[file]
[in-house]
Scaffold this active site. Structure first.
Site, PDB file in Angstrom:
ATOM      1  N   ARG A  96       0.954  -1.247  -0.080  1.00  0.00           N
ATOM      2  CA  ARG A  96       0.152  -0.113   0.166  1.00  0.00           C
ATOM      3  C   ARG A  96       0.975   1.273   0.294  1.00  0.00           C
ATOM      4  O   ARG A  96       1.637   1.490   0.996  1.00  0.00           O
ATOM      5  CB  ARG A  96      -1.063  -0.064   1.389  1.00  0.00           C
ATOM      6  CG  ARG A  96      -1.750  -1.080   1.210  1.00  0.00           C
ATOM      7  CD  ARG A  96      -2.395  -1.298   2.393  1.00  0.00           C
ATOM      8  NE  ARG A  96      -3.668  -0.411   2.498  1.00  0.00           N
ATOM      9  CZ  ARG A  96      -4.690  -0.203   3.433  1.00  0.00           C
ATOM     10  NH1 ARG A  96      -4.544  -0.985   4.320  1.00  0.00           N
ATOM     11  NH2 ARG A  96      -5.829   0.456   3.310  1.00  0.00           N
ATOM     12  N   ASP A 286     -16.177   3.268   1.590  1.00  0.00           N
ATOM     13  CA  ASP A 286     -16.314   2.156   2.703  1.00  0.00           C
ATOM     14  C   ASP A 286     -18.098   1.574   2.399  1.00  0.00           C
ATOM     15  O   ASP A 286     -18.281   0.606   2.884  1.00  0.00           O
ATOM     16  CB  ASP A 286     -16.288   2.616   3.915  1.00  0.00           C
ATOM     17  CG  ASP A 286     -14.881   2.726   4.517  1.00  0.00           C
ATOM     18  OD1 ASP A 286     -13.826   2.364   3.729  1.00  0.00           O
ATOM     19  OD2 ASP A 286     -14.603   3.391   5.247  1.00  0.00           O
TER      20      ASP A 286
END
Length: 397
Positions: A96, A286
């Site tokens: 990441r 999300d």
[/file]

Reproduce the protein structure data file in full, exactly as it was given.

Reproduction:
[in-house]
Scaffold this active site. Structure first.
Site, PDB file in Angstrom:
ATOM      1  N   ARG A  96       0.954  -1.247  -0.080  1.00  0.00           N
ATOM      2  CA  ARG A  96       0.152  -0.113   0.166  1.00  0.00           C
ATOM      3  C   ARG A  96       0.975   1.273   0.294  1.00  0.00           C
ATOM      4  O   ARG A  96       1.637   1.490   0.996  1.00  0.00           O
ATOM      5  CB  ARG A  96      -1.063  -0.064   1.389  1.00  0.00           C
ATOM      6  CG  ARG A  96      -1.750  -1.080   1.210  1.00  0.00           C
ATOM      7  CD  ARG A  96      -2.395  -1.298   2.393  1.00  0.00           C
ATOM      8  NE  ARG A  96      -3.668  -0.411   2.498  1.00  0.00           N
ATOM      9  CZ  ARG A  96      -4.690  -0.203   3.433  1.00  0.00           C
ATOM     10  NH1 ARG A  96      -4.544  -0.985   4.320  1.00  0.00           N
ATOM     11  NH2 ARG A  96      -5.829   0.456   3.310  1.00  0.00           N
ATOM     12  N   ASP A 286     -16.177   3.268   1.590  1.00  0.00           N
ATOM     13  CA  ASP A 286     -16.314   2.156   2.703  1.00  0.00           C
ATOM     14  C   ASP A 286     -18.098   1.574   2.399  1.00  0.00           C
ATOM     15  O   ASP A 286     -18.281   0.606   2.884  1.00  0.00           O
ATOM     16  CB  ASP A 286     -16.288   2.616   3.915  1.00  0.00           C
ATOM     17  CG  ASP A 286     -14.881   2.726   4.517  1.00  0.00           C
ATOM     18  OD1 ASP A 286     -13.826   2.364   3.729  1.00  0.00           O
ATOM     19  OD2 ASP A 286     -14.603   3.391   5.247  1.00  0.00           O
TER      20      ASP A 286
END
Length: 397
Positions: A96, A286
């Site tokens: 990441r 999300d």